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How protective are you of your game ideas?

Started by Matt Wilson, September 19, 2002, 06:35:14 PM

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Matt Wilson

In another thread in actual play, Alan asked about using a mechanic idea similar to that in Donjon.

To which Mike said:
Quoteone cannot prevent another designer from using a particular mechanic. So go ahead, sounds like a good idea. Nice of you to do the ethical thing and ask, however. Really. :-)

But that doesn't mean you won't get really irked. How much "borrowing" goes on among designers? And how protective do you get about it?


While individual reactions will vary.

But the general rule of thumb is to give credit where its due...and even when its not necessarily due...a nice tip of the hat goes a long way to avoiding ill-will.

Matt Wilson

Quote from: ValamirWhile individual reactions will vary.

Which is, uh, why I asked. :) My desire was to hear from people about how protective they feel over their ideas.

Ron Edwards


I'm hunting desperately for an older thread in which I lay out the issue of "influence" on role-playing game design in a whole list of possibilities and interpretations. Can't find it - Fang, maybe you can help, it was the one in which you were concerned that you'd be classified as a "bastard" in my scheme.

Anyway, the long and short of it was that I recommended acknowledging not only games which were direct influences on the present game's design, but also games which shared design features even if they weren't influential (or even known to the designer of the present game).

I'll present these tangentially-related threads for reference purposes: I'm a plagiarizing bastard, Intellectual property and dice mechanics and the slightly-acrimonious Copyrights which includes tons of useful links


Gordon C. Landis

Probably because I referred to it in a Site Discussion post (parts of which might be better suited here, but I didn't know about this thread then), I was able to find this comment from Ron:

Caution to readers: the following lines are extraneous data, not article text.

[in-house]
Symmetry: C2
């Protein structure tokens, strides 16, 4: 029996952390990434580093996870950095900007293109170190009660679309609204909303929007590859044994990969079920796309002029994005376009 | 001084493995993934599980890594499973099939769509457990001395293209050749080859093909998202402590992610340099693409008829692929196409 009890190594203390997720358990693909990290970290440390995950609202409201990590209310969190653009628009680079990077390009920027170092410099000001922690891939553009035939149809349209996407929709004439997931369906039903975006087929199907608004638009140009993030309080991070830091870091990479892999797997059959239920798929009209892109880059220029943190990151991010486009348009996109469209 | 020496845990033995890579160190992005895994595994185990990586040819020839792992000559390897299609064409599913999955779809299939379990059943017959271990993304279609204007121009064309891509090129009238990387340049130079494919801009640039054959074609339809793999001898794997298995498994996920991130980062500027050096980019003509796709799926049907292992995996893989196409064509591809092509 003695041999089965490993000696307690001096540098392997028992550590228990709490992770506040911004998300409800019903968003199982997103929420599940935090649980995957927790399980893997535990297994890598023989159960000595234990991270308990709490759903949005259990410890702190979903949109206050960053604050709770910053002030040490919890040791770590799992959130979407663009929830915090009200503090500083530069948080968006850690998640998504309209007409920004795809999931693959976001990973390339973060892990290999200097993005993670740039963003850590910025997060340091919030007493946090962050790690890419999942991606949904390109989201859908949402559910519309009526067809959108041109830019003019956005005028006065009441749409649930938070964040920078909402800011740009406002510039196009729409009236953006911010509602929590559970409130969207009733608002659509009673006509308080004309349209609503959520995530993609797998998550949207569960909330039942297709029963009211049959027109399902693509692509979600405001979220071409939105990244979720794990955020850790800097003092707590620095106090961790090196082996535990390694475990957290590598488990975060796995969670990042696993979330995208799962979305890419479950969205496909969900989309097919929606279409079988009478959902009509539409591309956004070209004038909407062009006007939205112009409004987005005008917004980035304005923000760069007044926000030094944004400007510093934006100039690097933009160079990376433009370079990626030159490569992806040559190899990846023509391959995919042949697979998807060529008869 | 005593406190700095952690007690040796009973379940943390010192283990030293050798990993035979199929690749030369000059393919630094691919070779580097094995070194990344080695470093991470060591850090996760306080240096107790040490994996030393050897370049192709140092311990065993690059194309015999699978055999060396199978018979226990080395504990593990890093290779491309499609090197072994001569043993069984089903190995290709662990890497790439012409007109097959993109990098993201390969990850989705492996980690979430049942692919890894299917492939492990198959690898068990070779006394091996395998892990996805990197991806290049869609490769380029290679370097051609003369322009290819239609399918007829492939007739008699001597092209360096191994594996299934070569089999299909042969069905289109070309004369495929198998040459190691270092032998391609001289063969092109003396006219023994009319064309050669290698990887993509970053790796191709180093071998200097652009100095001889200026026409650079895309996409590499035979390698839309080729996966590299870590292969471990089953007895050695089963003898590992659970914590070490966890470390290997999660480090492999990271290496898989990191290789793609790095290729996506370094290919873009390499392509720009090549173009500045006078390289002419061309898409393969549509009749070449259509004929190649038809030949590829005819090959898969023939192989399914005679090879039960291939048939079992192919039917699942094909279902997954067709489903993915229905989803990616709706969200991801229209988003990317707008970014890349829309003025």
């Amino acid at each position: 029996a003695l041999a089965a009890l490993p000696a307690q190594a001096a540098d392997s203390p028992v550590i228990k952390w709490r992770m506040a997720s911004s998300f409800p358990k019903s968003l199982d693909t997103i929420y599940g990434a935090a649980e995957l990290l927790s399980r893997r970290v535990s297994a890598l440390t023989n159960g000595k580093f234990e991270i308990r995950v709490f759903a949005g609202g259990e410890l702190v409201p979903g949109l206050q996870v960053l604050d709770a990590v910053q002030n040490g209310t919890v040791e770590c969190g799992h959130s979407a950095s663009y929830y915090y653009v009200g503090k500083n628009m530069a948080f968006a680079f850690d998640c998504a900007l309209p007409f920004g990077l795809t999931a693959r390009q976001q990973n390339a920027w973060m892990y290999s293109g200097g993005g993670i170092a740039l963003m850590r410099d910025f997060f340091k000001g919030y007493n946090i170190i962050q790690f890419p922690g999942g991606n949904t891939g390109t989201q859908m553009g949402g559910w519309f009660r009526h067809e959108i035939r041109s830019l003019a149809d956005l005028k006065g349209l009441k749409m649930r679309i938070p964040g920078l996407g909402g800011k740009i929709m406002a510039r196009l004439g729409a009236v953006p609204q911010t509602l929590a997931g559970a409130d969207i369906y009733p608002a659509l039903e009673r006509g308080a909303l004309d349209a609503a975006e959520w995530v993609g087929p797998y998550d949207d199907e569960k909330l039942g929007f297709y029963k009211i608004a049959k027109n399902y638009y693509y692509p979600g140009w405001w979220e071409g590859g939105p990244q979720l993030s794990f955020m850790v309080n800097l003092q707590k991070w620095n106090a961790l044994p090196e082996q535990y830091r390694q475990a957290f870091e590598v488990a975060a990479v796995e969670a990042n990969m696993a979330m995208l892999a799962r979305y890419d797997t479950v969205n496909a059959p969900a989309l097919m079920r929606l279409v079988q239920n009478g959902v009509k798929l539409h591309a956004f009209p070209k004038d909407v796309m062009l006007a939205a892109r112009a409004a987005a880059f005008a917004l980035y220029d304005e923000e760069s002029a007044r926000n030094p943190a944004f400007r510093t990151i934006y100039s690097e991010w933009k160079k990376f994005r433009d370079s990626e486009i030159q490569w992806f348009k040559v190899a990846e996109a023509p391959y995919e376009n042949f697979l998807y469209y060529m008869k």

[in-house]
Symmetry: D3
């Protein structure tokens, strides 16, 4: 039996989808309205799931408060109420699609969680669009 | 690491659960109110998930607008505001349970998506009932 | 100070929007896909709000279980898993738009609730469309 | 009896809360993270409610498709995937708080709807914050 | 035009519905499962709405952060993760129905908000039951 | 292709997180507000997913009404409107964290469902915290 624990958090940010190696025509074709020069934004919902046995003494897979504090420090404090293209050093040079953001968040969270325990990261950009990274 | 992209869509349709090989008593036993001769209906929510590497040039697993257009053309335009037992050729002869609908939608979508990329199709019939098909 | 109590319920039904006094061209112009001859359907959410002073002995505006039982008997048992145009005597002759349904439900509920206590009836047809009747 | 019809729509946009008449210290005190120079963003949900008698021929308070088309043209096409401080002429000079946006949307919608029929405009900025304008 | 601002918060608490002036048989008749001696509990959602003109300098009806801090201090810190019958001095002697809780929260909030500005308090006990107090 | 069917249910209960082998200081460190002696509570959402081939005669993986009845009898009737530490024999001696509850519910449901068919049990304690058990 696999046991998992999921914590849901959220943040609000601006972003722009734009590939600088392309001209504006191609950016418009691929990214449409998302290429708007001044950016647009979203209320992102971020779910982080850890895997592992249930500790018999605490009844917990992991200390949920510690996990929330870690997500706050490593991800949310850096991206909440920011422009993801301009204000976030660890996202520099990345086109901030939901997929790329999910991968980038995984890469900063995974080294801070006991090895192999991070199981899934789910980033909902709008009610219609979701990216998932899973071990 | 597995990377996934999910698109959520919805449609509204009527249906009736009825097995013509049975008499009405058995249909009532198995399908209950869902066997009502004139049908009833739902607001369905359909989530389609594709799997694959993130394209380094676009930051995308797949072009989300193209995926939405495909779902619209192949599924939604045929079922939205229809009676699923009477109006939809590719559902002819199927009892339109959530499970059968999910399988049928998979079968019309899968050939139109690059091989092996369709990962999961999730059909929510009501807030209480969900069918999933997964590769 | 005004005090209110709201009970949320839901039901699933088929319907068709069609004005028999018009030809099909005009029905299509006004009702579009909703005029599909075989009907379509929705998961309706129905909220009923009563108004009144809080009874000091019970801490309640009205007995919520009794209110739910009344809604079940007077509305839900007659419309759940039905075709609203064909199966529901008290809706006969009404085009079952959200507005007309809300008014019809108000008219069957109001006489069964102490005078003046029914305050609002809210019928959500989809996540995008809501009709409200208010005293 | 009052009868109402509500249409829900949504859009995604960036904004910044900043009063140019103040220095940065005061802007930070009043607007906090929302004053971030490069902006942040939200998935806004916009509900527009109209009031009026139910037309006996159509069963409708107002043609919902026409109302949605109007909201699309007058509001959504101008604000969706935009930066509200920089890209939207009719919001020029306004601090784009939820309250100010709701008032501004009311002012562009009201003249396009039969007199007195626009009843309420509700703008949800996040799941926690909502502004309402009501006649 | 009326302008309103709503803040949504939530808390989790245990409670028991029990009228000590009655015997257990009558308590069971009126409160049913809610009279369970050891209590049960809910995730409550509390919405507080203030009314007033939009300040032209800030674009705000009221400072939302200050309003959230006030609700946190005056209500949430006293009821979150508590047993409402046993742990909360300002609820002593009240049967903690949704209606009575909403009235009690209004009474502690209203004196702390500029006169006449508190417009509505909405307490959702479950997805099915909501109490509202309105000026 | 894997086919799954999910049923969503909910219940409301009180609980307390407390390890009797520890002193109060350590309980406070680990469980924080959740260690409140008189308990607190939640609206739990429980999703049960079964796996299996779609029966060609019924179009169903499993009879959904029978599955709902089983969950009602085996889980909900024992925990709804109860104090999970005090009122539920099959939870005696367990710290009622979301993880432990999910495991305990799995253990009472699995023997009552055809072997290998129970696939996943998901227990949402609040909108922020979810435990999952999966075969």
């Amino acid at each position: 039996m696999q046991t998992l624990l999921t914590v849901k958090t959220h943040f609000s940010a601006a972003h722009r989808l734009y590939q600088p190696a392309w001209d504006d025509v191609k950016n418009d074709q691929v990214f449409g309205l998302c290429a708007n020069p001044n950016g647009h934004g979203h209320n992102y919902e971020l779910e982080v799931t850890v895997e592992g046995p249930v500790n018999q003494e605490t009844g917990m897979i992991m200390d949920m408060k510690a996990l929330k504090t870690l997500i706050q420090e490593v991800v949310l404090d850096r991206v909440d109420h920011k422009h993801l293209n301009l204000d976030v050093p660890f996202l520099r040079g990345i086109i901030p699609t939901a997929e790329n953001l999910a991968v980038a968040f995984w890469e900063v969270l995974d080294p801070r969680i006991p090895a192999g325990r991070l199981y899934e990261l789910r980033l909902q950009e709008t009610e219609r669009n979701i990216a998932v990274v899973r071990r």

(Ron's last post - THE last post - lays it out clearly.  Earlier stuff is mostly ignorable)

Sounds like a good policy to me.

By my perception, someone trying to "keep track" of where all the neat ideas in recent Forge member's games "came from" would go freakin' insane.  Was "who controls narration?" simultaneously developed, or is it all from The Pool?  What mechanic REALLY demonstrated the full potential of FitM first?  

So not only is a good policy, it may be the only sane way to approach it.  At least, IMO.

Gordon (under construction)

Le Joueur

Quote from: Ron EdwardsFang, maybe you can help, it was the one in which you were concerned that you'd be classified as a "bastard" in my scheme.
Looking around my 'stuff,' I'd say that was possibly this thread about kickers.  Privately, I believe I worried that Scattershot's Precipitating Events was going to be mistaken for Kickers and that people would think I ripped off the idea (even though I coined mine back in the early nineties).  The "bastard" part was in Private Message, I think.

Fang Langford
Fang Langford is the creator of Scattershot presents: Universe 6 - The World of the Modern Fantastic.  Please stop by and help!

Mike Holmes

I formerly worried about people taking "my" ideas a lot. Then I realized something. Nobody was actually publishing these ideas, even when they had access to them. Look at Sorcerer. Lots of great ideas. How many copycat games came out while it was being published in PDF? So the idea of being "beaten to market" has been expunged from me soundly. In fact so much so that I'm making my current game Synthesis "open source" so to speak. It's arrogance to even assume that your game is worth copying, much less that somebody will find it so cool as to steal it. That's a hard thing for a designer to admit (we all think our idea is going to be "It" or "the one"). It's just not something that anyone should worry about.

I would worry a bit about not being credited for some mechanic that I did which was new. But looking at all my work, I note how I have all sorts of stuff that's in other systems. Not really all that new at all. And I also realize that I may not have credited people who came up with stuff that I included and just missed. As such, forgetting to credit is forgivable too for all but the most egregious of cases imaginable. Which never happens.